Group seminar on 15. December, 14:15 CET
Energy transfers in turbulent flows: a coarse-graining approach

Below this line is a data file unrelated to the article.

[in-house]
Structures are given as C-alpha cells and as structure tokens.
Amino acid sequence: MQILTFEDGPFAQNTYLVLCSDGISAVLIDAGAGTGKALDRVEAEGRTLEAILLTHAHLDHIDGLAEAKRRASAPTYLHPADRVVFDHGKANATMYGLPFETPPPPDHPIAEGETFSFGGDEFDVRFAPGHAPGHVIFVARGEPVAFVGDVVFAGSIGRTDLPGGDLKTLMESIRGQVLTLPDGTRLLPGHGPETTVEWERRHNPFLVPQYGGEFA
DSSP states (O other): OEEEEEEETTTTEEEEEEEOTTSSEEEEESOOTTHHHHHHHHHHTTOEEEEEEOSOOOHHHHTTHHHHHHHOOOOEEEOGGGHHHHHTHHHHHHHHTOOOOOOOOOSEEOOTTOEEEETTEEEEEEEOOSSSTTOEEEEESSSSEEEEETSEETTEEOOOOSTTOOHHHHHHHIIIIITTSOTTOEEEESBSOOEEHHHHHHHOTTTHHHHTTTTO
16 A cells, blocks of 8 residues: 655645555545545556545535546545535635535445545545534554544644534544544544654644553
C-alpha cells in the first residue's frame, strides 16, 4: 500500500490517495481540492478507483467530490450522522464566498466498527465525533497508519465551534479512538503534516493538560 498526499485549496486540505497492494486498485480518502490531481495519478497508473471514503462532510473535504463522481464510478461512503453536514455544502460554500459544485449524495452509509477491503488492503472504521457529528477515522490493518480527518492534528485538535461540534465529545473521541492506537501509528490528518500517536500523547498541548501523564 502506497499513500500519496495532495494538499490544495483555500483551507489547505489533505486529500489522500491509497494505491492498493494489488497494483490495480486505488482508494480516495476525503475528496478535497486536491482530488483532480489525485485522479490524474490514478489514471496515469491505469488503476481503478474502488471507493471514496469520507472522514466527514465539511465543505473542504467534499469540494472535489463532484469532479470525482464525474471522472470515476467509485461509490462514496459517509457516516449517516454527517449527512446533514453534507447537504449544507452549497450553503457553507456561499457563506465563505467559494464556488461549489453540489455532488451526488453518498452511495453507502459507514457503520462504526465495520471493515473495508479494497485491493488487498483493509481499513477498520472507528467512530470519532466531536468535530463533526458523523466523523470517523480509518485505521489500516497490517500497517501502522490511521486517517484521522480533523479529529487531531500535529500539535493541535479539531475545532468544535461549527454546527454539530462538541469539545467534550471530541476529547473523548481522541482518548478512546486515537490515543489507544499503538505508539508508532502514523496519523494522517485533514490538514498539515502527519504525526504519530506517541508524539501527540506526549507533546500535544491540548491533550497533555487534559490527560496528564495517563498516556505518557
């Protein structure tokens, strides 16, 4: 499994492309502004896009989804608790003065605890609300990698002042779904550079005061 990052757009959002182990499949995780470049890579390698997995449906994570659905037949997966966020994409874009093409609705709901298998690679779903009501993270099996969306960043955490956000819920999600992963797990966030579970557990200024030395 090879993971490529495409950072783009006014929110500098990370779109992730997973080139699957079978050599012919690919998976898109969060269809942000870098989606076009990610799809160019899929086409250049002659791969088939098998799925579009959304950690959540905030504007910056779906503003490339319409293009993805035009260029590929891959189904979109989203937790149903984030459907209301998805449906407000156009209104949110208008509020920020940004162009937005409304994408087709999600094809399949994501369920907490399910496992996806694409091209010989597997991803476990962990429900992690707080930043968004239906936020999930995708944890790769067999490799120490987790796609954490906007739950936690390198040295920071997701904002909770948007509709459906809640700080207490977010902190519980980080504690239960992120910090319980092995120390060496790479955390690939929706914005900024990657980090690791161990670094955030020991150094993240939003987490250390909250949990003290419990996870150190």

Atmospheric flows are highly turbulent and are associated with non-trivial energy transfers between scales. Depending on the degree of thermal stratification and of rotation, the turbulent energy cascade can exhibit different characteristics, and the co-existence of direct and inverse energy cascades has been highlighted based on spectral methods. Spectral approaches, however, rely on assumptions of statistical homogeneity that are not necessarily fulfilled in complex atmospheric flows. Instead, coarse-graining approaches allow to quantify energy transfers locally in space and time. I will show two examples of applications of such coarse-graining approaches to quantify the direct and inverse energy cascades. One example will be a strongly stratified near-surface flow over a glacier, where the Reynolds stress tensor often highlights very anisotropic turbulence. We will explore the presence of an inverse energy cascade as a way to detect the possible presence of two-dimensional turbulence. The second example will be a strongly rotating flow; we will map the energy cascade around a hurricane during its dynamical evolution. Such coarse-graining approaches diagnose the scale-by-scale dynamics and thereby help understand the self-organization of turbulence for different degrees of rotation and stratification.